Stay Out Of Airport Full Body Scanners

They say that anything can kill you these days. The poisons that we use in our homes, the plastic water bottles we use everyday, the questionable ways that are food is grown and sprayed with insecticides. I think we all know that many of these things in modern life should be avoided, used properly, or thoroughly washed. But, when it comes to walking though the Full Body Scanners at the airport, most of us don't even give it a second thought. The government says that the radiation put off from these machines is less than we would receive flying at cruising altitude for just a few minutes. So, what's the issue? Don't believe everything you are told, especially about Full Body Scanners.

According to the TSA’s Frequently Asked Questions page, the machine “uses harmless electromagnetic waves to detect potential threats, which are highlighted on a generic outline of a person appearing on a monitor attached to the unit. If no anomalies are detected, an ‘OK’ appears on the screen with no outline.”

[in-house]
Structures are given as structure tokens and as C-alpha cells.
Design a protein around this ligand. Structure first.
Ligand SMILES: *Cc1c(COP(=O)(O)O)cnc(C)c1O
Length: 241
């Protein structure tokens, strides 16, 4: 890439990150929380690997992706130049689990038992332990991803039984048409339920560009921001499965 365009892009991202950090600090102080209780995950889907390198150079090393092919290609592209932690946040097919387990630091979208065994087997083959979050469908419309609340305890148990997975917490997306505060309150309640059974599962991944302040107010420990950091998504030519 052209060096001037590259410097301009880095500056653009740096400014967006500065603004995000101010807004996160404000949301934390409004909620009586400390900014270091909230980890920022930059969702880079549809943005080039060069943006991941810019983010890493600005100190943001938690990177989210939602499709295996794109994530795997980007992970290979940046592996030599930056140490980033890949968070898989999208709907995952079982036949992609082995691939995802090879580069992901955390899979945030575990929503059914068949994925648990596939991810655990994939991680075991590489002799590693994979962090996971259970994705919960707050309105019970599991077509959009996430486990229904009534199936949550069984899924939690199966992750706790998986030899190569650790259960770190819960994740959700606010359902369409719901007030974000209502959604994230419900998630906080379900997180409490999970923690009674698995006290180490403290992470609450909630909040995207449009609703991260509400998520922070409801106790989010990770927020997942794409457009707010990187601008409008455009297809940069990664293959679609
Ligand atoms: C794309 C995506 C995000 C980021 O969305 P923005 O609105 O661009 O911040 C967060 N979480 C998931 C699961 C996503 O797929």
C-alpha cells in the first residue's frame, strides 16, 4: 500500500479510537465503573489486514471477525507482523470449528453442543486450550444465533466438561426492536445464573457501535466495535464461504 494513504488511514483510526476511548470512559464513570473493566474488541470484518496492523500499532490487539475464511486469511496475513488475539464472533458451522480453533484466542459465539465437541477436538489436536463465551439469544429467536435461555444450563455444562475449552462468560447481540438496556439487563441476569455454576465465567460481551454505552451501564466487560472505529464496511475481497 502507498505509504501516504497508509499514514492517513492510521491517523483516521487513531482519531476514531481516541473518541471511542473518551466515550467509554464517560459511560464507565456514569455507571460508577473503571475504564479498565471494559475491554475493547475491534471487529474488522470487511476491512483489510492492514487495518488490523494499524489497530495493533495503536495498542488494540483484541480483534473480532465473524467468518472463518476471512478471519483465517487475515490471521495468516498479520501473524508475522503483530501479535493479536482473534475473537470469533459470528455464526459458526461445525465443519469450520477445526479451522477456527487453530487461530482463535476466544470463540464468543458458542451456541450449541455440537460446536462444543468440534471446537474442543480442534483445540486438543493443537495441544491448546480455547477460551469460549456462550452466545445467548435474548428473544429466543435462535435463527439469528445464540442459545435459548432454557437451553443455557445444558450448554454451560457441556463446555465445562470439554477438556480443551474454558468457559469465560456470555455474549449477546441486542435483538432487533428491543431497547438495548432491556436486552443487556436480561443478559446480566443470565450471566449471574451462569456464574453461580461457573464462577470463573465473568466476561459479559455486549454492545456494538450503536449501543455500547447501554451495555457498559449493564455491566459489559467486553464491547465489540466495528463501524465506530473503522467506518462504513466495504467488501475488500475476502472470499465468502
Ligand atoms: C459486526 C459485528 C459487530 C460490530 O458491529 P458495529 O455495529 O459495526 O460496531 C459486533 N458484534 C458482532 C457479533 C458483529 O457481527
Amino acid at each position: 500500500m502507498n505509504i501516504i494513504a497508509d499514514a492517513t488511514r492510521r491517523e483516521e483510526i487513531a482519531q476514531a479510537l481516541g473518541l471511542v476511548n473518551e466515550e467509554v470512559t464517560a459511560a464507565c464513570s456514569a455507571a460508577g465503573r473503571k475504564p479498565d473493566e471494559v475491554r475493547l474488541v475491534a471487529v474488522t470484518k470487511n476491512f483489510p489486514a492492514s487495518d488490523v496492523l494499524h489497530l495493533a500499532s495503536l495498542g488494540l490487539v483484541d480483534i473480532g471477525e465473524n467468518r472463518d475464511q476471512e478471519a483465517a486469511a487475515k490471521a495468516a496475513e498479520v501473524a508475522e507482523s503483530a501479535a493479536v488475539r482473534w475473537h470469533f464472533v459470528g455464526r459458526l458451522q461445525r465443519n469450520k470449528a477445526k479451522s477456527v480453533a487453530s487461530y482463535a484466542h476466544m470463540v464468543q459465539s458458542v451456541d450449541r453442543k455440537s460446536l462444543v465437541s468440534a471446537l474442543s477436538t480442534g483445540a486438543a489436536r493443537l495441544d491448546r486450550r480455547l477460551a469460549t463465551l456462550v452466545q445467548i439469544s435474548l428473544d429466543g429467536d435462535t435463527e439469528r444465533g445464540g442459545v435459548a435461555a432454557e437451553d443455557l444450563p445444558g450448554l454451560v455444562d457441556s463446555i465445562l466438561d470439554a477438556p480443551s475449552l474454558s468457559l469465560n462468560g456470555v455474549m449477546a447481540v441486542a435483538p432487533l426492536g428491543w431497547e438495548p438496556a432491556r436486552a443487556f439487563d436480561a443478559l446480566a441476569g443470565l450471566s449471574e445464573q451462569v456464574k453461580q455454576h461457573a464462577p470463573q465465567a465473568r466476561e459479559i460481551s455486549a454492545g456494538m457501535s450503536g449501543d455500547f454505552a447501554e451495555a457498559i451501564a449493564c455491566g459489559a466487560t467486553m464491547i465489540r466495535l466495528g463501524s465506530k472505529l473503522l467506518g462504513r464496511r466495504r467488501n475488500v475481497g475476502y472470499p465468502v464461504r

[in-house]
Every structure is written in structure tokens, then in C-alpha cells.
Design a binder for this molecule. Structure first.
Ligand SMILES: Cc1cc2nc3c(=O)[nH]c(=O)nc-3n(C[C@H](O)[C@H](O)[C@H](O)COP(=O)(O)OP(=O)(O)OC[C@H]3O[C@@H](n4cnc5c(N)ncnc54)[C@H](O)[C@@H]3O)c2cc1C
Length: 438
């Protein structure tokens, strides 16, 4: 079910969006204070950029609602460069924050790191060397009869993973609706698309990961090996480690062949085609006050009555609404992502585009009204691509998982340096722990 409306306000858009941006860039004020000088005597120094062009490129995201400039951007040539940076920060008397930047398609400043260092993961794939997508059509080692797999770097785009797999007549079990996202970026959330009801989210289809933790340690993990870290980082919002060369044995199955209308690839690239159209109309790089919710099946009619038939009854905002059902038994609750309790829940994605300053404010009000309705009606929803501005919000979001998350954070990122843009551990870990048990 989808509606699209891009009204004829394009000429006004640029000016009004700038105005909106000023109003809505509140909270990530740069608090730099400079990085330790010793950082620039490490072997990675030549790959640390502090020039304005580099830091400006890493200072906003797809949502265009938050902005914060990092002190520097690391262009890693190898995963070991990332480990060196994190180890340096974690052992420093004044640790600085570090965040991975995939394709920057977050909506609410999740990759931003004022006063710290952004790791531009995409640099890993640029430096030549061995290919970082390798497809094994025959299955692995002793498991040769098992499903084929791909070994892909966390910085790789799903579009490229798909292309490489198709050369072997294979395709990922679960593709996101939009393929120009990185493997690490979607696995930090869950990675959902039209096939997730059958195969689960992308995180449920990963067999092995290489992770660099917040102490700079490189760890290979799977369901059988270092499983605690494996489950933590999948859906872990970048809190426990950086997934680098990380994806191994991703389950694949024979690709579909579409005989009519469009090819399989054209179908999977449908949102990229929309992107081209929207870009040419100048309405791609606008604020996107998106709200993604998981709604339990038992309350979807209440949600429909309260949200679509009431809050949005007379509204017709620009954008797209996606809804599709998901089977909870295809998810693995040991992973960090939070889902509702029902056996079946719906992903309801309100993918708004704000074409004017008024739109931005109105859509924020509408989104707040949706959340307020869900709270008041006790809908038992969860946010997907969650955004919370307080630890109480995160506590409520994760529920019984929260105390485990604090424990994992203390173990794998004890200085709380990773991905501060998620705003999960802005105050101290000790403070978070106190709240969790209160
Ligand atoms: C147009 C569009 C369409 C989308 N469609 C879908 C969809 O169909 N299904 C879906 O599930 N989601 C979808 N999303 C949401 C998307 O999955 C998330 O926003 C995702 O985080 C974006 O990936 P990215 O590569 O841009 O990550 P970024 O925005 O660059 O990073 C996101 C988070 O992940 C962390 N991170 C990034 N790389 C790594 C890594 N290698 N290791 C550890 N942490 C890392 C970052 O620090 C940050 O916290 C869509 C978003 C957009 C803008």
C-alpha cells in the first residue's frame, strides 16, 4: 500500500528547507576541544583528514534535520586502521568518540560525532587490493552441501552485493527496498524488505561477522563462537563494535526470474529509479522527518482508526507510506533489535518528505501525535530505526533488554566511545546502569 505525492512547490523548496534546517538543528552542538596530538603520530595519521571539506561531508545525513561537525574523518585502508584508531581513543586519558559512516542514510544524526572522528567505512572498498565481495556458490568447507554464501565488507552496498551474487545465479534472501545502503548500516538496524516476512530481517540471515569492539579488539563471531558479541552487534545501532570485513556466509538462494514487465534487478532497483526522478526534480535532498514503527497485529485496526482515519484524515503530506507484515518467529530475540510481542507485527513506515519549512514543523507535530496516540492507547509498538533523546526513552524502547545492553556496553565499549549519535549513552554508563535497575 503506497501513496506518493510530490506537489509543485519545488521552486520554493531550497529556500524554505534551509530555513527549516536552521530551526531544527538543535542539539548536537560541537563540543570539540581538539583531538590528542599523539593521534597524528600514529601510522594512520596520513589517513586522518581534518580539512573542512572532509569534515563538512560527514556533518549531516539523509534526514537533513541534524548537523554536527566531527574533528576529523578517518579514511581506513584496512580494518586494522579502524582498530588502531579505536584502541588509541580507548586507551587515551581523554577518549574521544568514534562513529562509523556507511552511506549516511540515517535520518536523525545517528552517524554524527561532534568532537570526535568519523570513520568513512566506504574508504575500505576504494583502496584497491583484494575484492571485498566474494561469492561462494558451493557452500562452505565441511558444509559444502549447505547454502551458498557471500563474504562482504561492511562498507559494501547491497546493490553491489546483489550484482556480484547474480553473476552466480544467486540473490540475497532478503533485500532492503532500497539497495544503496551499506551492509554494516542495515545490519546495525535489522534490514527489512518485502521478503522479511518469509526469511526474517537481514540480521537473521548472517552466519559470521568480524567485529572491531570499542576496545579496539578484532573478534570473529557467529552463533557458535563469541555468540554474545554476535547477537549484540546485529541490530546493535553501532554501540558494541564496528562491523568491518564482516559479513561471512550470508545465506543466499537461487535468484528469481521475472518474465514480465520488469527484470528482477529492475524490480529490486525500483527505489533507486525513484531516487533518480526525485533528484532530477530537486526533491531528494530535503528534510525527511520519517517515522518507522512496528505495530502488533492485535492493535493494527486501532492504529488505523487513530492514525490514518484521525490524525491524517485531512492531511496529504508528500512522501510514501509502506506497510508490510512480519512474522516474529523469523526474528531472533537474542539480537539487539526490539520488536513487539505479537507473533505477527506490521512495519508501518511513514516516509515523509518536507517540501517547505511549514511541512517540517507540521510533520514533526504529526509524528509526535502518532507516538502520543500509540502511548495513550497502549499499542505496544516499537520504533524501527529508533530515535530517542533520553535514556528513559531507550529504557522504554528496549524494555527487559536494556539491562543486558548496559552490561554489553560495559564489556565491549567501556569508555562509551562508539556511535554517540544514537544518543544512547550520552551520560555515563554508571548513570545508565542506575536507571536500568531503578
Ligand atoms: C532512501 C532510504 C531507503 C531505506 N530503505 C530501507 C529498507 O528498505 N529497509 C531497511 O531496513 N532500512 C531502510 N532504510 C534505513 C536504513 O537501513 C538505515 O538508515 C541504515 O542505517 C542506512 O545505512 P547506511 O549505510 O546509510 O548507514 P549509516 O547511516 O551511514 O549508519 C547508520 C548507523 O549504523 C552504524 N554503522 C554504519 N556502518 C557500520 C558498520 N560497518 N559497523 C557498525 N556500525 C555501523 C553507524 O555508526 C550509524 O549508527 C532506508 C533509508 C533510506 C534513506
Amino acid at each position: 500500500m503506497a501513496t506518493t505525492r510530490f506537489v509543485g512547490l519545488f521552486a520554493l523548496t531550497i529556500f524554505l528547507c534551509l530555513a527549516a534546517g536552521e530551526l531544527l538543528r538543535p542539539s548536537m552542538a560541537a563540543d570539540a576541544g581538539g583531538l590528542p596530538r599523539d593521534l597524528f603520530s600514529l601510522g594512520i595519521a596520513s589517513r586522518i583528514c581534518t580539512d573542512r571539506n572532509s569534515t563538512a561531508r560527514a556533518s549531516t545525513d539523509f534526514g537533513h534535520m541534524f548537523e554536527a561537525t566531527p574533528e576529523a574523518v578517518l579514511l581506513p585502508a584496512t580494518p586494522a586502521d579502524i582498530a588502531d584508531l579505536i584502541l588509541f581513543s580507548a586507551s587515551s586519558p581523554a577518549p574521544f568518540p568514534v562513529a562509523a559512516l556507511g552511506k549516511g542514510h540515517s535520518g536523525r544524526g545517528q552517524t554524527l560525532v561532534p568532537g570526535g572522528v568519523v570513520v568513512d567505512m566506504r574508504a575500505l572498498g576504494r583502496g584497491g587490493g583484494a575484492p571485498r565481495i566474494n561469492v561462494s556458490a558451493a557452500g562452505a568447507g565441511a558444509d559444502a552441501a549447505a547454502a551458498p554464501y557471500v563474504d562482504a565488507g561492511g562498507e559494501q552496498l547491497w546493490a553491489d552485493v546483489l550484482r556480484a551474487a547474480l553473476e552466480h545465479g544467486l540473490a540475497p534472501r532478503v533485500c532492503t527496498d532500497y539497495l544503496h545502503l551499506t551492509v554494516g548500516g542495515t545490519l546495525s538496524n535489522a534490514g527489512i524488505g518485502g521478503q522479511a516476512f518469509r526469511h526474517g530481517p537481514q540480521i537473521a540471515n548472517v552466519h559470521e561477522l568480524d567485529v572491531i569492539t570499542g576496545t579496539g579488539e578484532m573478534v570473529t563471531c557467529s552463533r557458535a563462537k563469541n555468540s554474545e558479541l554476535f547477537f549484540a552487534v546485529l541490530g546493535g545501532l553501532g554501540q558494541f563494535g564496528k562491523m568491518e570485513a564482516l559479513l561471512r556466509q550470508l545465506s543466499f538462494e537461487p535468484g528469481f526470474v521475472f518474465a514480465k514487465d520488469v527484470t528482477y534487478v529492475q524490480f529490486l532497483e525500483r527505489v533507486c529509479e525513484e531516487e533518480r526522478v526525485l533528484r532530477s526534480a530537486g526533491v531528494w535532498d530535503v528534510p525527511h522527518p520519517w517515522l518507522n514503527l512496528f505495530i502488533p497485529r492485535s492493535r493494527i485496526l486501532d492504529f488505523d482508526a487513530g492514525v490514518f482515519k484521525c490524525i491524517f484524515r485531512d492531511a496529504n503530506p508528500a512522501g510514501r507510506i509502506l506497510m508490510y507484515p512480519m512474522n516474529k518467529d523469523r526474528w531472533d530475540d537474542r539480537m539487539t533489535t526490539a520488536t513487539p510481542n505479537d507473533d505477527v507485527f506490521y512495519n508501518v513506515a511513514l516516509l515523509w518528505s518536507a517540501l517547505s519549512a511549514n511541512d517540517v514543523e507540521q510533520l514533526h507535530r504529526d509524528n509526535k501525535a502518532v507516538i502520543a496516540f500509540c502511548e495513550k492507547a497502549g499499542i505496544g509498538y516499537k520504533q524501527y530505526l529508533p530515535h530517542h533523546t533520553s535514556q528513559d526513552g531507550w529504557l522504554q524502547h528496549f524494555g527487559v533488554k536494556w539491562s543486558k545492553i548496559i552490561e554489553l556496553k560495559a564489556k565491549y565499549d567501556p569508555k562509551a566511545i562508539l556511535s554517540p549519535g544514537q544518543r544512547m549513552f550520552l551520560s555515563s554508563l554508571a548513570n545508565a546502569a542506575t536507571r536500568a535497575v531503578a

Unfortunately, this is deliberately misleading. A closer look into millimeter wave technology and the ways in which it affects the human body during an average TSA screening reveals a truth that the government doesn’t want you to know. The doses of electromagnetic radiation emitted by the TSA’s millimeter wave technology machines can cause gene mutations, nerve damage, sterility, affect the immune system, and even cause cancer.

A World Health Organization report reveals that millimeter waves not only heat the skin but also damage eyesight and cause cancer, particularly cancer of the skin.

Skip the Full Body Scanner and Opt for a Pat Down

Bottom line - Air travelers, when faced with the Full Body Scanner at the airport, should Opt-Out and choose a manual pat-down instead. Even though it's physically invasive and admittedly unconstitutional, air travelers can minimize their radiation exposure and thus minimize the risk of developing cancer by not subjecting yourself to these Full Body Scanners.

Partly taken from the article


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